How Google’s PageRank Works

July 23rd, 2008 · No Comments

The first thing we need to understand in order to have a clue in creating value on the Internet is the idea of Google’s PageRank system. While in the not too distant past it might have seemed somewhat of an overstatement to say that Google’s assessment of your worth is one of the defining characteristics of Internet value, I think by this time its become quite clear. If you show up as the first link on Google’s search you’re going to get vastly more traffic than the second and the second will get vastly more than the third. You don’t even want to consider the drop-off after you get off the first page.

We don\'t want to anger the Google.

We don\'t want to anger the Google.

To understand why this value is self-promoting and intrinsically interesting we need to discuss how PageRank works. There is an excellent explanation on eFactory, a German site which as is so common for foreigners has a better grasp of English than most Americans. It is also a very detailed and erudite explanation. I warn you there is a lot of math and theory that you may find boring unless you are at least somewhat as nerdy as I, additionally it is almost completely unnecessary to understand for any practical purpose.

A basic summary of this is that Google views the Internet as a digraph. The connection between each node of the graph is a link between them. So if my page links to your page, our nodes on the graph would be connected. Now each node confers onto each other node it links to a value based on its own value. So if my site has a good Google PageRank and I link to your site, I confer some of my pagerankiness onto you. Thus the recursive nature of this system promotes its own value. I can use my high PageRank to make other people’s PageRank high, so this rank adds value to my site.

So if I’m viewing this as real estate, any increase in my neighbors (the documents that link to me), leads to an increase in my value. Similarly any increase in my value leads to my neighbor’s good fortune. Bear in mind however that this value has NOTHING to do with page views. I could literally have a site that NOONE visits, but is linked to by many high PageRank pages. My PageRank would be very high, despite the fact that no one ever looks at my page.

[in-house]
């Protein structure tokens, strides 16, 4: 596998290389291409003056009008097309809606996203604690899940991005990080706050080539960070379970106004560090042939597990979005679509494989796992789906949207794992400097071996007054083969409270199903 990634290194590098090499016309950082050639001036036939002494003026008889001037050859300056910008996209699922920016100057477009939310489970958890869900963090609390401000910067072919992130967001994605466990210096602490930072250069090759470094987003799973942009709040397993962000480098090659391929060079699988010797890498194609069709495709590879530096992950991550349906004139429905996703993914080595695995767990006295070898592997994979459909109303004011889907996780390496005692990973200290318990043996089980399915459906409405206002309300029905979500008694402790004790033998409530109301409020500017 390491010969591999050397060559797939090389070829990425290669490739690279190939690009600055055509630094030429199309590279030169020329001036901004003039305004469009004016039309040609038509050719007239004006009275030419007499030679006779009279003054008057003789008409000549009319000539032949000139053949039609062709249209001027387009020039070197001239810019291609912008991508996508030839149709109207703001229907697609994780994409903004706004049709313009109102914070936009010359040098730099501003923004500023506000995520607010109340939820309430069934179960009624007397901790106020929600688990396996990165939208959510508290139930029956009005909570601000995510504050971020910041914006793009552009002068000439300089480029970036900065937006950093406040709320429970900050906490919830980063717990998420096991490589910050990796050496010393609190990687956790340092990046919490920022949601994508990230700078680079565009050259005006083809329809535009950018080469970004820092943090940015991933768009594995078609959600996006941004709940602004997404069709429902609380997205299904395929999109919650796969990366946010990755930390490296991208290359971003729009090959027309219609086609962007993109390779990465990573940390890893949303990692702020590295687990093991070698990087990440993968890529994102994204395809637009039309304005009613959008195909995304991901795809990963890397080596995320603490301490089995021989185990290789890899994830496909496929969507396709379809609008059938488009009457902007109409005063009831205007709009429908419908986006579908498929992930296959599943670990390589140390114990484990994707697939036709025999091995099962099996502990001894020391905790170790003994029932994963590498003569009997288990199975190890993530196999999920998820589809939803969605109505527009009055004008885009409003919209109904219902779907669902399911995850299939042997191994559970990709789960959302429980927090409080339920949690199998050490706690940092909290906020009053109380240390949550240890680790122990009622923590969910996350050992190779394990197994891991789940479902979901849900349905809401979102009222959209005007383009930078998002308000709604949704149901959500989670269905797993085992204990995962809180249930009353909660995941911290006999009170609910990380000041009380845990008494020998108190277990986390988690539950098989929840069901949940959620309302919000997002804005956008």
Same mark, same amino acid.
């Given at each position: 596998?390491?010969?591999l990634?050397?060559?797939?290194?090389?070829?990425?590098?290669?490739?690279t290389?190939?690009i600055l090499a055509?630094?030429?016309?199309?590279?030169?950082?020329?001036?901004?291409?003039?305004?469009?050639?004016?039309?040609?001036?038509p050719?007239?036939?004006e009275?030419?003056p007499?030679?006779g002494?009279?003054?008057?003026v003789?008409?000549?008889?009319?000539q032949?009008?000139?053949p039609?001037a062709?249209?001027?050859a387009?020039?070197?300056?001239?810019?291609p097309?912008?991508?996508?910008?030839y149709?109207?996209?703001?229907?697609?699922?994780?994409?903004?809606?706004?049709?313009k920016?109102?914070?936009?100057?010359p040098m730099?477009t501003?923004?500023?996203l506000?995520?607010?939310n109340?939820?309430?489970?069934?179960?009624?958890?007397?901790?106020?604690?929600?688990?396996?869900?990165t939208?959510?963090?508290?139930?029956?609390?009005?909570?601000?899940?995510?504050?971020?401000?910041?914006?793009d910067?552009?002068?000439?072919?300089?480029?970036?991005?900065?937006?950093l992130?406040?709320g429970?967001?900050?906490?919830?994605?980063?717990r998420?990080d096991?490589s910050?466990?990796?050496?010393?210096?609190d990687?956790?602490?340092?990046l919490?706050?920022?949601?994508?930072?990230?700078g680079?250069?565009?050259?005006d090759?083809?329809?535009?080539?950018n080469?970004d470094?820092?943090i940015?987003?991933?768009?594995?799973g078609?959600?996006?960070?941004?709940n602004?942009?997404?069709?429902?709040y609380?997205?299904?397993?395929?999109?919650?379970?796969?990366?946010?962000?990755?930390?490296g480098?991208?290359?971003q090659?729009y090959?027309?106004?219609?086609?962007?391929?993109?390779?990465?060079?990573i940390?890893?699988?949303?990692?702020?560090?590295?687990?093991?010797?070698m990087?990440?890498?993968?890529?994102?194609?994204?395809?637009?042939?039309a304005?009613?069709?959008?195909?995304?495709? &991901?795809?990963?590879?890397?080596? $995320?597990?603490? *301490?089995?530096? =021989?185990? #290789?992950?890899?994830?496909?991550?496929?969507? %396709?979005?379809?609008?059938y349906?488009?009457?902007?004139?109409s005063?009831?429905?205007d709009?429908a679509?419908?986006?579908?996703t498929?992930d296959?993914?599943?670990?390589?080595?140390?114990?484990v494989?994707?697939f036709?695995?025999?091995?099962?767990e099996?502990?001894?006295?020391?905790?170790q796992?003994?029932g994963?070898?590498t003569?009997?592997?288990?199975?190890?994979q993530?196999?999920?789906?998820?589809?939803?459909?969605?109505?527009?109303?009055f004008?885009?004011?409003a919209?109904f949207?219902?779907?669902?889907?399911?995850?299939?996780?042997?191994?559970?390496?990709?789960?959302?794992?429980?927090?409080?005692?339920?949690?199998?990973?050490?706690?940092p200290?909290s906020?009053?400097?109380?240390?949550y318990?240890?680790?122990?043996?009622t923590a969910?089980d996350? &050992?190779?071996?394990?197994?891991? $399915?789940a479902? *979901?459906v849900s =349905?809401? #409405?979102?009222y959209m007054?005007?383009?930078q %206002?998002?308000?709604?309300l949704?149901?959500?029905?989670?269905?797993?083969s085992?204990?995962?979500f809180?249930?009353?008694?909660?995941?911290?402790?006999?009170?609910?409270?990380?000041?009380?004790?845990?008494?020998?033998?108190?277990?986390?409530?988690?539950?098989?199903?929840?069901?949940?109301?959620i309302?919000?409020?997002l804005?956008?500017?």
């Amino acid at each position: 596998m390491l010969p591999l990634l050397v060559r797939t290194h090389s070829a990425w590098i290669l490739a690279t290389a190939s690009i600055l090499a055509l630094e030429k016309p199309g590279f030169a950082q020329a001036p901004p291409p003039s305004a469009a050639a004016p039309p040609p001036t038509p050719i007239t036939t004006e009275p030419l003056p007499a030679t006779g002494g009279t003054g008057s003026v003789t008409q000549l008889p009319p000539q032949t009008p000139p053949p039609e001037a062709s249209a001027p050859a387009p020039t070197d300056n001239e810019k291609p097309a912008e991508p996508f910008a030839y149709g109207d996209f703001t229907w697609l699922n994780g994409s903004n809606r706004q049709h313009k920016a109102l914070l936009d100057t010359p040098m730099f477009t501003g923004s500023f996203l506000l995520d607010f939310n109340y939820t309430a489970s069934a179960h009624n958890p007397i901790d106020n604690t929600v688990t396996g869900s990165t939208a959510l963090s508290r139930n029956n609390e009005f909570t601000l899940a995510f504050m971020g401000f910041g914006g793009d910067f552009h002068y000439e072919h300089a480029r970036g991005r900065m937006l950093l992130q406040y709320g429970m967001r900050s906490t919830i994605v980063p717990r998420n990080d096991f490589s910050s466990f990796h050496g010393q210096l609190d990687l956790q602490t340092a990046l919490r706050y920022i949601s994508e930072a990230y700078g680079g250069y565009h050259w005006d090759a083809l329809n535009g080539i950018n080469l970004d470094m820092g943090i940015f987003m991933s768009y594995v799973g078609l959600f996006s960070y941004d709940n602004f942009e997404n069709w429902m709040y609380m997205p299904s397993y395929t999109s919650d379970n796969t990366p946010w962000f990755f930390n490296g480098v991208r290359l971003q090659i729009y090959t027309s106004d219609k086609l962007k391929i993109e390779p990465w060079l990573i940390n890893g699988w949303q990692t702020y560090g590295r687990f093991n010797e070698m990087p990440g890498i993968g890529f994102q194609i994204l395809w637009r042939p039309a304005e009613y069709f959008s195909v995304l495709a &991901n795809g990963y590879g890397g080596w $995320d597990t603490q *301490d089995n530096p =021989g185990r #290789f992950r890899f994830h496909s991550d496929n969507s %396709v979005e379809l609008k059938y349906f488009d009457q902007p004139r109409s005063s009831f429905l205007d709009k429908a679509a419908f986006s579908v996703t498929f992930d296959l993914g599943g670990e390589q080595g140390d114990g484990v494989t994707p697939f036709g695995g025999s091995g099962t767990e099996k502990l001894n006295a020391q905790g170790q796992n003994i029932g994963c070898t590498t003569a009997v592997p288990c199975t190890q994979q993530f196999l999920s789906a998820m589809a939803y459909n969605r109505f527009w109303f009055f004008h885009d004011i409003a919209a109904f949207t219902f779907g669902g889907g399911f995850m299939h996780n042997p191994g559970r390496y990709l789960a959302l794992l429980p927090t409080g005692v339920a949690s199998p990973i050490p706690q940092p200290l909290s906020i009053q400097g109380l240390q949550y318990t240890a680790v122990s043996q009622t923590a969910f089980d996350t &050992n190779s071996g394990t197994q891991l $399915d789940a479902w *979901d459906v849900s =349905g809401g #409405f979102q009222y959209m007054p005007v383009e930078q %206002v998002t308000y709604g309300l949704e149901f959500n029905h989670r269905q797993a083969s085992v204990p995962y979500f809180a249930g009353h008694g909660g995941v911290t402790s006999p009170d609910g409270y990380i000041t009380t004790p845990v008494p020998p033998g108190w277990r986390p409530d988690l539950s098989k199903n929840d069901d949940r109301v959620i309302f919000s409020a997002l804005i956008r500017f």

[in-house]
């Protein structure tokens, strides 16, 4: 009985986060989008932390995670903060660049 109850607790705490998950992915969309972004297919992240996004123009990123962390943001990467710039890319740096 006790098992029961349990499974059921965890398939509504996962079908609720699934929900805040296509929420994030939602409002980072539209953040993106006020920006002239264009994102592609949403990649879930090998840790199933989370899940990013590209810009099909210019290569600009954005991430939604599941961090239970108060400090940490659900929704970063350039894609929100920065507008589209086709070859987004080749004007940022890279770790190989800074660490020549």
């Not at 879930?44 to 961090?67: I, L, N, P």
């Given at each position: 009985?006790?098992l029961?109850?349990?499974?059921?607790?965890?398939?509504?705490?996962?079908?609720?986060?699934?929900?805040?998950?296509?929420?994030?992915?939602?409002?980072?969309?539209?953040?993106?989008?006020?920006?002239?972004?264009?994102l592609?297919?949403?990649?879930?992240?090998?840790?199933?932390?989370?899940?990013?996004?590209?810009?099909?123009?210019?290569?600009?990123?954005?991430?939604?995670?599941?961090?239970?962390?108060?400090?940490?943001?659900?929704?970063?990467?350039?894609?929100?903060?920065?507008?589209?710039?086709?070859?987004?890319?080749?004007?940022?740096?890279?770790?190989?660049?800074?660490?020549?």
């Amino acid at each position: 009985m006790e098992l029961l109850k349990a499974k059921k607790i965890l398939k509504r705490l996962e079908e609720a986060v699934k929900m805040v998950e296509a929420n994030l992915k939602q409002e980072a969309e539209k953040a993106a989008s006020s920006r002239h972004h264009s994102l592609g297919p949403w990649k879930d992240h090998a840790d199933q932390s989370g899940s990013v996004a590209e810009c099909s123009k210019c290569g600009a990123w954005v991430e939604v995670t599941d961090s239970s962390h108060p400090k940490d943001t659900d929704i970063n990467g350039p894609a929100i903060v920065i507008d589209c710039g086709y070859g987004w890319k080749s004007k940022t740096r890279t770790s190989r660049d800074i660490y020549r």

The eFactory discussion makes this point and I think it is very much worth noting:

It is often argued that, especially considering the dynamic of the internet, too much time has passed since the scientific work on PageRank, as that it still could be the basis for the ranking methods of the Google search engine.

There are two interesting points related to this. One is that despite the fact that you can create this value there is an ephemeral nature to it. If Google decides to change their algorithm for search engine optimization tomorrow all sorts of chaos might ensue. Secondly this very chaos probably discourages them from doing so. Once they’ve significantly changed it once, people will be less inclined to assign it the weight they currently do.

It is also noteworthy as mentioned in the eFactory article that Google retains the ability to punish people for abusing their system by assigning them a PageRank of 0. Thus even if you are linked to by quality inbound links, you would have no value as an outbound link and would show up last on their pages. While we have our suspicions that this is rarely used, especially in less than egregious cases, we also consider it wise to follow Google’s recommended practices and pursue the spirit of their system as opposed to trying to abuse it. This makes it unlikely that we will see the horrors of a huge drop in value based on external factors.

We were curious as to how often the PageRanks are updated. While we found plenty of people speaking authoritatively on the subject, we found their remarks less than credible. There appears to be a PageRank export that comes out periodically which affects the output shown on the Google Toolbar, but I see no reason to believe that coincides with any frequency in their actual updates. My guess would be they are updated more or less constantly. I think the question is probably not regimented in the first place and the result of other factors like when it spiders pages.

When you look at websites for sale today, one of the key statistics always listed is their Google PageRank. If that number were to suddenly become meaningless it would have a dramatic effect on the value of Internet Real Estate. As such we consider it fairly likely that it will at least remain a component of Google’s method of ranking web pages. As such we see it as a valid way to create value to attempt to optimize PageRank on our properties as well as numbers of views. There is of course a synergy to these two tasks, but they can be pursued in a variety of different ways.

Categories: Theory

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